How Helping Others In Need Benefits You and Your Life
When faced with the opportunity of helping others in need, whether in the form of volunteering, charitable giving, or any other act of kindness, it makes sense that many of us will recall one tried-and-true reminder: you only get what you give. Here are some key reasons why helping others benefits you and adds so much more to your life.
by Katelyn Redfoot / March 20, 2021
“I must be willing to give whatever it takes to do good to others. This requires that I be willing to give until it hurts. Otherwise, there is no true love in me, and I bring injustice, not peace, to those around me.” Mother Teresa
Our lives are comprised of a series of choices that only we can make, regardless of whether we’ve given it much thought in advance or feel that we have significant control.
Every day we decide things like what to eat, which relationships we focus on, how we spend our money, and, especially, how we spend our time.
Ideally, we make the healthiest and wisest choices possible within all these categories for the sake of our health and wellbeing.
Yet, we are not every day the most mindful of how we spend our time. Still, time is something that we all value.
The psychology of how helping others benefits you
Every day we hear about or encounter acts of heroism or altruism – people giving money to homeless people on the street or even saving the life of another.
There are also those who regularly demonstrate prosocial behavior, meaning they will do something to benefit another person despite any motive behind or potential benefit of that action.
So, in the matter of getting what you give, there is certainly a positive correlation between the effort one puts in and what he or she receives. But the thing about giving to others in need is that it is not usually an equal trade.
Despite this, helping others is often described as the secret to happiness, so why is this?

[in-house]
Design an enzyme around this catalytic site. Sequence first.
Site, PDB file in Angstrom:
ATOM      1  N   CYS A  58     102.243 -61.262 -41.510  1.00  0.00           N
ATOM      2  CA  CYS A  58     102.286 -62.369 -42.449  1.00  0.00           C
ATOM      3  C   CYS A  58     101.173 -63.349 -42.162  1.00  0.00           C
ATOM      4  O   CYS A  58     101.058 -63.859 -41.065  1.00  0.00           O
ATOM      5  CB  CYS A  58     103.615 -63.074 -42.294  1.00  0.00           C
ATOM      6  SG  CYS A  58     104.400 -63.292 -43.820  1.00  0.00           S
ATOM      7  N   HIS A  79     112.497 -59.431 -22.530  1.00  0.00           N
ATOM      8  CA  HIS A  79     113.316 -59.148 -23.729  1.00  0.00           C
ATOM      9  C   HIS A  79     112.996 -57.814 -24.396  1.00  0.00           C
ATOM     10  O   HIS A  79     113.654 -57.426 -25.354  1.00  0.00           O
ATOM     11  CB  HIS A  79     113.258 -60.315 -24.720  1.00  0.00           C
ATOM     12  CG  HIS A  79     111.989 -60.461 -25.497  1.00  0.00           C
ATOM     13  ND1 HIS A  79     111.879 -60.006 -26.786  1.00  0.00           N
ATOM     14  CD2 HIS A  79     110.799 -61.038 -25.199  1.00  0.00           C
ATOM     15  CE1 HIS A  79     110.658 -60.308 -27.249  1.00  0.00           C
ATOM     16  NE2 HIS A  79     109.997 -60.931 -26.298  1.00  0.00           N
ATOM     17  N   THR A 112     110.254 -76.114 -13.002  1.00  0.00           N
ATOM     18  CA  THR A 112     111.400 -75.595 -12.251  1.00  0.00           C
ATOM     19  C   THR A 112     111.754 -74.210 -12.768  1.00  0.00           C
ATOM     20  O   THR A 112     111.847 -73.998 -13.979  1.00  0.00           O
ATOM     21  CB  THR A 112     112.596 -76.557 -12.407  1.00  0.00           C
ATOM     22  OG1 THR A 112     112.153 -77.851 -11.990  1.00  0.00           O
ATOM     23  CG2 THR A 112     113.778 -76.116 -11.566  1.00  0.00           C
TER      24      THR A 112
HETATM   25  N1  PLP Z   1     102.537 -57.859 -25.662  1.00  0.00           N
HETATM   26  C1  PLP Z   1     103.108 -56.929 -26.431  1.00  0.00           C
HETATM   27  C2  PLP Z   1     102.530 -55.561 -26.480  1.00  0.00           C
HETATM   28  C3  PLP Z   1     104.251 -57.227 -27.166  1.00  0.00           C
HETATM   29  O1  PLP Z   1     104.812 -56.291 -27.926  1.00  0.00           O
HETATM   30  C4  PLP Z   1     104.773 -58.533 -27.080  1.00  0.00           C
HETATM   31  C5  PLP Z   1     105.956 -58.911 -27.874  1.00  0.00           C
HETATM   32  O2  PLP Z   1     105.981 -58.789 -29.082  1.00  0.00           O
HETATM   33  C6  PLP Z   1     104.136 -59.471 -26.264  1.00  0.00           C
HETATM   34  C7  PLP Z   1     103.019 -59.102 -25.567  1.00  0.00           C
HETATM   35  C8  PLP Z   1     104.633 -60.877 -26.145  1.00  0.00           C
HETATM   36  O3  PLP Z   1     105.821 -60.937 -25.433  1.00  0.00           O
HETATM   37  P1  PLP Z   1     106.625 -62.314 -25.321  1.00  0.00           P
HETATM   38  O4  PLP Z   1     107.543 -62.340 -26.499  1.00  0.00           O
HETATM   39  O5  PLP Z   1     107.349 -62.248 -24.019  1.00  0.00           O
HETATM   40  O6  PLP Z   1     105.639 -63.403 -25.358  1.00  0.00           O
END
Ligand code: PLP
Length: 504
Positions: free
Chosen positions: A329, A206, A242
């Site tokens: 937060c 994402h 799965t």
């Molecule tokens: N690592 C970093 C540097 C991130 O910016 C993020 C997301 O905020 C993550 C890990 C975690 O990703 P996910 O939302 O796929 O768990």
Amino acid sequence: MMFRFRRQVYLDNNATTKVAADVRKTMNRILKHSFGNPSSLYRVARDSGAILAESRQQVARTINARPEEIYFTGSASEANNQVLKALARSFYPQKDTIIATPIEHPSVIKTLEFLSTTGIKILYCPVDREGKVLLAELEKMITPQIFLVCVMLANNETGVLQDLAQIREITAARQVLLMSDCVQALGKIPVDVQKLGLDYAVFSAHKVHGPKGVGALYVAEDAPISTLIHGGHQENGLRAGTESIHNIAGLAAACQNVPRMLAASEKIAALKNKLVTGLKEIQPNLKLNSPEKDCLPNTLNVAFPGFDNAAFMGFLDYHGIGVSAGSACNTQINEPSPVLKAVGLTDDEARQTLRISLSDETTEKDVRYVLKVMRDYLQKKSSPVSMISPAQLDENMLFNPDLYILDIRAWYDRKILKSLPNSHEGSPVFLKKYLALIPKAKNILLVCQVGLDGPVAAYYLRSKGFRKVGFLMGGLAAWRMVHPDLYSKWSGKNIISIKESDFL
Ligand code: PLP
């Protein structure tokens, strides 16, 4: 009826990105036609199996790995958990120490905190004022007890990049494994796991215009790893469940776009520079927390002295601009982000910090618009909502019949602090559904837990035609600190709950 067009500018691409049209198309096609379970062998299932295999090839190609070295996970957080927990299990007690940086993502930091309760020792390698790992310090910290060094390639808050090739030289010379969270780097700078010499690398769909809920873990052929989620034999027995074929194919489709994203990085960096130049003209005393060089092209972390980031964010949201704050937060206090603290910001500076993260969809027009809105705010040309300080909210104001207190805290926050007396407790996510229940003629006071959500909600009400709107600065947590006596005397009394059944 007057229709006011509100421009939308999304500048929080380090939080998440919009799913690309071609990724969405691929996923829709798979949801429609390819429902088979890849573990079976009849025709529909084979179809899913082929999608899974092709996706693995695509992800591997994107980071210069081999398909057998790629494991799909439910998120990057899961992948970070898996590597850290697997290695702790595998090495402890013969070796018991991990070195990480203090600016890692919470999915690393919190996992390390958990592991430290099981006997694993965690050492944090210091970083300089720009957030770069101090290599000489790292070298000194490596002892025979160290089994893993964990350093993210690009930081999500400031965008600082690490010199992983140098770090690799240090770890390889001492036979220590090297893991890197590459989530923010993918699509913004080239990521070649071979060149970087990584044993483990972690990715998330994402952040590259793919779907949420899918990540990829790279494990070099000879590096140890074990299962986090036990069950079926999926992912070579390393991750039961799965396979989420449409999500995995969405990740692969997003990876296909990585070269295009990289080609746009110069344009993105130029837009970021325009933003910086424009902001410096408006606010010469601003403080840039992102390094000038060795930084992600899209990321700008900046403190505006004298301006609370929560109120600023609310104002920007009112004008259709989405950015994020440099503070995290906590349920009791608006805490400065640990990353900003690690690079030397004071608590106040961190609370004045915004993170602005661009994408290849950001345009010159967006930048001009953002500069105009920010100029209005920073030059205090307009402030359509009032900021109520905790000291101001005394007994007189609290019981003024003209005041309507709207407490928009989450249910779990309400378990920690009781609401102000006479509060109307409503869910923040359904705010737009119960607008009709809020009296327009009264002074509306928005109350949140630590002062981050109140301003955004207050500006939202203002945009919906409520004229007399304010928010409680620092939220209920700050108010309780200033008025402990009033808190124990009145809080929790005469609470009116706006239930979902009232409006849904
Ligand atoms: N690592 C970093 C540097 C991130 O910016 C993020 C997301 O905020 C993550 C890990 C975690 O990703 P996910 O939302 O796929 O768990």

From cultivating gratitude to reducing stress levels, there are numerous benefits of helping others that can be primarily explained by the science of the mind.
Every time we do something to help another person in need, particularly with no expectation of reward, it nevertheless activates the brain’s reward centers. Acting out of compassion is associated with the brain’s reward system.
This circuit produces feelings of pleasure when it’s active, typically caused by doing something we enjoy, eating good food, or being in love.
This means that when we help others, the brain takes note that what we are doing is important and is something worth repeating and remembering.
Can you remember the last time you did a good thing for someone else, such as a friend or a stranger?
Whatever it was, no matter how big or small of a deed you perceive it to be, you likely felt a sense of fulfillment, satisfaction, or gratification.
The positive feelings we get upon engaging in prosocial behavior drive generous behavior because they reinforce our sense of connectedness and relatedness to others, helping us meet basic psychological needs.
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“You give but little when you give of your possessions.
It is when you give of yourself that you truly give.”
― Kahlil Gibran
The emotional benefit of helping others in need
Research suggests that helping others in need helps us feel better and happier and manage our stress.
One study showed that those who performed daily acts of kindness were less stressed and experienced fewer feelings of negativity than they did on the days that they could not commit acts of kindness.
In addition to stress, every day we deal with various emotions, and it is critical that we know how to manage them in a healthy way.
For instance, sometimes, we rely on a friend or therapist to help us when our feelings of sadness or anxiousness feel overwhelming; this ability to exert control over our emotional state is known as emotional regulation.
At the same time, we might offer other support when a family member goes through a hard time or our partner has had a tough day at work.
When we engage in the social regulation of emotion by comforting others and helping them navigate stressful situations, we enhance our own emotional wellbeing because we strengthen our own emotional regulation skills.
This is to say that helping others in need is not limited to charitable giving or volunteering time – the growth of your emotional wellbeing is a critical part of how helping others benefits you.
When it comes to helping people in need, you shift your focus away from yourself and onto those in need. Getting involved shifts our perspective; it allows us to be less consumed by the anxious thoughts in our minds or stressful situations in our lives.